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With our two went looking for Bassets from reputable breeders (or so I naively thought at the time) but if anyone one had offered us a pup under 8 weeks, would have walked away. Can split hairs with if this, if that, (unless God intervenes) no good breeder who is breeding for health, character & to better their line would consider letting pups go under 8 weeks & the longer I know the breed can understand why some keep them for longer. Socialisation is very important but so is the socialisation a pup gains from it's mother & litter mates. A good breeder will not only begin socialisation with pups before they leave, some will even start house training. I've been shot down for saying this before but in going to a new home so young so vaccinations can be given too early, which can cause to them be ineffective. Yes of course pup needs to get out & about a soon as possible, but hey whats wrong with carrying them, sports bag over the shoulder our youngest loved it. What's the hurry all the time, we've all made mistakes & misjudgements but learn from them.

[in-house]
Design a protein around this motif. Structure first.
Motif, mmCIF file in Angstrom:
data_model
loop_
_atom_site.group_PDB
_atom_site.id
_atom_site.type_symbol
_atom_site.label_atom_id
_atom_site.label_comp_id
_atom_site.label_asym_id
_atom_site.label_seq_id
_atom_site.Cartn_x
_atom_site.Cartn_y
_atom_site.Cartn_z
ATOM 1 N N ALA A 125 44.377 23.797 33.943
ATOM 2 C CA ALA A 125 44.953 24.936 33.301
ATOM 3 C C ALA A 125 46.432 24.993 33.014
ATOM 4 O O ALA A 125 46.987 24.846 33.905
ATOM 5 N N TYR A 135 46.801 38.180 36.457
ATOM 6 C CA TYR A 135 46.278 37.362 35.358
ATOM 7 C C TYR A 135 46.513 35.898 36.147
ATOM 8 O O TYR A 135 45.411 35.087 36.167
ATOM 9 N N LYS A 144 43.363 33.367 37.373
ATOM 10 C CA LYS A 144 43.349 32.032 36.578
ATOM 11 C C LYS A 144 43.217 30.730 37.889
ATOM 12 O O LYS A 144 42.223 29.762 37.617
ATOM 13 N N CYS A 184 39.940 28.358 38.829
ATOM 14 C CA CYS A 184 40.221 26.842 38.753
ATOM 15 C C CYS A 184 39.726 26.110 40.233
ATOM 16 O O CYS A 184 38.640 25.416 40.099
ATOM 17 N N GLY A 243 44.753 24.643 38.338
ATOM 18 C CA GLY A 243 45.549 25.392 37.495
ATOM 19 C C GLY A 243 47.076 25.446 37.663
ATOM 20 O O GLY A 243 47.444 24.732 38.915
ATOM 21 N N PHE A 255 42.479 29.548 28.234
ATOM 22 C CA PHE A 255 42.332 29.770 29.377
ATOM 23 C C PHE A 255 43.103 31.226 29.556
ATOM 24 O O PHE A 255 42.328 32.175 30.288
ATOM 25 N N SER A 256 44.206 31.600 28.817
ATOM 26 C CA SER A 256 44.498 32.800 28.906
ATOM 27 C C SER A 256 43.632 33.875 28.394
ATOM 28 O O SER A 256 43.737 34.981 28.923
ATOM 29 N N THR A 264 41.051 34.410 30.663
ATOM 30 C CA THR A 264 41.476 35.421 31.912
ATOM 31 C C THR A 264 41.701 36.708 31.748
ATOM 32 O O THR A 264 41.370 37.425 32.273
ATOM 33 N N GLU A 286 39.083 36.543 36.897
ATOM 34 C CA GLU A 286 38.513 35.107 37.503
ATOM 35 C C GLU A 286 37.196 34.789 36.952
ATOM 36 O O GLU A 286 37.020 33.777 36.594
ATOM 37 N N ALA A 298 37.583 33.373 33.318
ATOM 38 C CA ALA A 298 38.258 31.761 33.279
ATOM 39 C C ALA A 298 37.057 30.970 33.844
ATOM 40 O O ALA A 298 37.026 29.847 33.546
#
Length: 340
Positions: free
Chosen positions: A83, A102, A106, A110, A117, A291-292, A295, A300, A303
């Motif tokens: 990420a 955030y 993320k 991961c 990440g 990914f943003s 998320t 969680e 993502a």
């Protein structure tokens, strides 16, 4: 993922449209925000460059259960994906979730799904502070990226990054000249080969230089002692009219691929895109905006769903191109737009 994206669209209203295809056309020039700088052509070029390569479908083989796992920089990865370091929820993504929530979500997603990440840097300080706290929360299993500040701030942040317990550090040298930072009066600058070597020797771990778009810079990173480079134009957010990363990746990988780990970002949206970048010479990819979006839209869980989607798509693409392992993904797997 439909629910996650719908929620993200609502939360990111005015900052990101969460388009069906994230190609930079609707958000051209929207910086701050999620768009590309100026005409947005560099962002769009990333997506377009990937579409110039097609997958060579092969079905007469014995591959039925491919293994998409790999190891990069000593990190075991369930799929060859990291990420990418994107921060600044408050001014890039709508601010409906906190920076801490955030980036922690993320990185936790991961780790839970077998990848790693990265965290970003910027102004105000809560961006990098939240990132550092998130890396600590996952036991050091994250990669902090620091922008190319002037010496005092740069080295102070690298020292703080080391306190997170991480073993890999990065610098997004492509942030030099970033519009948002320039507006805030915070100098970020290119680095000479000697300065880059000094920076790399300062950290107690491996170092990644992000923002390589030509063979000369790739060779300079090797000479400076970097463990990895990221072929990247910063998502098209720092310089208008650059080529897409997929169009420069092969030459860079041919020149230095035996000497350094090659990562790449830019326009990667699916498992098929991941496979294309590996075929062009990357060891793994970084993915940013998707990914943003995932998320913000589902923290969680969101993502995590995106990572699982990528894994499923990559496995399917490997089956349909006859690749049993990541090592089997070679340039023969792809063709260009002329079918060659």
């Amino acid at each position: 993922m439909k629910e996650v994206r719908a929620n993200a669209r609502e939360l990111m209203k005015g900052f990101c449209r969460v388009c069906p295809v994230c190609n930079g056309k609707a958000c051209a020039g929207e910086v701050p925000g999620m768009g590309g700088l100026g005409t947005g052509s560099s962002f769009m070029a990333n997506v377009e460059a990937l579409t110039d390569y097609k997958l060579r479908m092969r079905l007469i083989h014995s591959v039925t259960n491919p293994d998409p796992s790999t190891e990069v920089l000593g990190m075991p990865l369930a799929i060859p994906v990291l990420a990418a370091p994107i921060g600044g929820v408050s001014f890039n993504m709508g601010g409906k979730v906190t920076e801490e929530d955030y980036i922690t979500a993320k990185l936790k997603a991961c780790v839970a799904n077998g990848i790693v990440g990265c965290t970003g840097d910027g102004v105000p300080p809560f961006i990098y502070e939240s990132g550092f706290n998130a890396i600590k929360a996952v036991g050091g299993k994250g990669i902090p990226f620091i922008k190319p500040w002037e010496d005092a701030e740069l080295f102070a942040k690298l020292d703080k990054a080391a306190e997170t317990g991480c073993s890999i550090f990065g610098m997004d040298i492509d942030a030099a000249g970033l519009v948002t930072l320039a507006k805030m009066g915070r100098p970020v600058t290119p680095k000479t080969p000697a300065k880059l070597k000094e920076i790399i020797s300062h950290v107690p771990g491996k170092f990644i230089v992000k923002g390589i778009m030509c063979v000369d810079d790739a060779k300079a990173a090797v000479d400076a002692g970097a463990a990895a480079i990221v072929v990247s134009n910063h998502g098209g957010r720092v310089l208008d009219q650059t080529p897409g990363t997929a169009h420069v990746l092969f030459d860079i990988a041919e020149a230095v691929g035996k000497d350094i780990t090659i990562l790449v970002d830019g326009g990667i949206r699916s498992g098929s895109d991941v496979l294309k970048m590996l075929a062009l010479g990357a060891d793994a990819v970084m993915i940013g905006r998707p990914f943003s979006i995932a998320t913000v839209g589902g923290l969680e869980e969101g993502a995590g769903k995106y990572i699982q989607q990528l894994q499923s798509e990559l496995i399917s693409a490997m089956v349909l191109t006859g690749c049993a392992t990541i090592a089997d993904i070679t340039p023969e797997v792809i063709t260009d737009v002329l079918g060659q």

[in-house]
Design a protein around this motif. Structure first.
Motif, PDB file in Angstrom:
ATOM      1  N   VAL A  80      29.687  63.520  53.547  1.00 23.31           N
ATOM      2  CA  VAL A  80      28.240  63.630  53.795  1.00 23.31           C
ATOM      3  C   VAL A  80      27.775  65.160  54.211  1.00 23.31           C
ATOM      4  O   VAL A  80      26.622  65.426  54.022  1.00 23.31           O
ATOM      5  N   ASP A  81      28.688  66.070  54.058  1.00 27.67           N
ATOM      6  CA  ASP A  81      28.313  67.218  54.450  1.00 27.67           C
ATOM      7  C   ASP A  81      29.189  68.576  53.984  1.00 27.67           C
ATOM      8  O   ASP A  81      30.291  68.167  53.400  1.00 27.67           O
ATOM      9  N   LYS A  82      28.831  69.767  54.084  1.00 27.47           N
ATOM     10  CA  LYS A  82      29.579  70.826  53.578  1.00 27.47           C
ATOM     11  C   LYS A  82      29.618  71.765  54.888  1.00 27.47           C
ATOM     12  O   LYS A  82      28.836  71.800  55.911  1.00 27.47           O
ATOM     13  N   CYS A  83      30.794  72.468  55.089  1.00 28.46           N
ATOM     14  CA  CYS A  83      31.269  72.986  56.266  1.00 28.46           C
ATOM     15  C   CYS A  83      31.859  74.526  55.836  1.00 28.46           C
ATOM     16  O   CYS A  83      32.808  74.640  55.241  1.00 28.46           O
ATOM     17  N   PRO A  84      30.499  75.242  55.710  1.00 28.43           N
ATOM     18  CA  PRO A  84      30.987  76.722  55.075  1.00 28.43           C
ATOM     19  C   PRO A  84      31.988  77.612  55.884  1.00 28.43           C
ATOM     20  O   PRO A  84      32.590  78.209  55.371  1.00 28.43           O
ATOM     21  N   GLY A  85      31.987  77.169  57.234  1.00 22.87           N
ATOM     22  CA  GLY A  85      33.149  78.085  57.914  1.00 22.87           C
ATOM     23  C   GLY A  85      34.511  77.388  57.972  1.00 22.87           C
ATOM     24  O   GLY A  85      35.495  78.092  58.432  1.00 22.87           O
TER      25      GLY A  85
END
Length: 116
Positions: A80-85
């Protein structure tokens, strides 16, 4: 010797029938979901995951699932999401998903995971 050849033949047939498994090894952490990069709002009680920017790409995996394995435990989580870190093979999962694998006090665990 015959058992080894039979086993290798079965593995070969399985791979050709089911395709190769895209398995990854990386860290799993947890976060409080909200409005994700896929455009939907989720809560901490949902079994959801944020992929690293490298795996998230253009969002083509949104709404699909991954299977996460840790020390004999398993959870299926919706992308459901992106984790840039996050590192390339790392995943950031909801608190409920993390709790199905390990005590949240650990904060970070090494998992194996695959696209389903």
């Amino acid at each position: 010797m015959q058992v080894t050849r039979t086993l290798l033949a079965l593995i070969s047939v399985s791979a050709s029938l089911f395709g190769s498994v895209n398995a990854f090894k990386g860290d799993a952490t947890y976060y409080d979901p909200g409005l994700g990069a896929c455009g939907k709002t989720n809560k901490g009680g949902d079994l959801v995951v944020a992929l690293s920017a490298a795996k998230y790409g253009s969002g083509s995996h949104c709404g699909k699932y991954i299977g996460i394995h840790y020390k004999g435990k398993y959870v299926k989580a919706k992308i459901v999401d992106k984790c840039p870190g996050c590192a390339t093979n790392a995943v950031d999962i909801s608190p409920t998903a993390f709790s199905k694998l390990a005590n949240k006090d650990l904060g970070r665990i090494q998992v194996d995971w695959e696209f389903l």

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What's the hurry all the time,
Because there is a limited time to accomplish socialization when the dog is open to new experiences the top end of which is 20 week


no good breeder who is breeding for health, character & to better their line would consider letting pups go under 8 weeks
very untrue see
Puppy Socialisation and Habituation (Part 1) Why is it Necessary?

What practical applications do we have that bear out the research? Guide Dogs for the Blind, who, until 1956, used to rely on the donation of adult dogs which they took on approval to maintain their training stock. The success rate of these dogs fluctuated between 9 and 11 percent and it was recognised that this could be improved if the association could supervise the rearing of puppies. These were purchased and placed in private homes at between ten and twelve weeks old or even later. Things improved, but the results were not good enough. It was Derek Freeman, who pushed to have puppies placed in private homes at an earlier age to optimise socialisation and habituation during the critical development period. Derek had a strong belief in Scott and Fuller’s work and importance of early socialisation and habituation in the production of dogs that were best able to survive and perform in the world at large.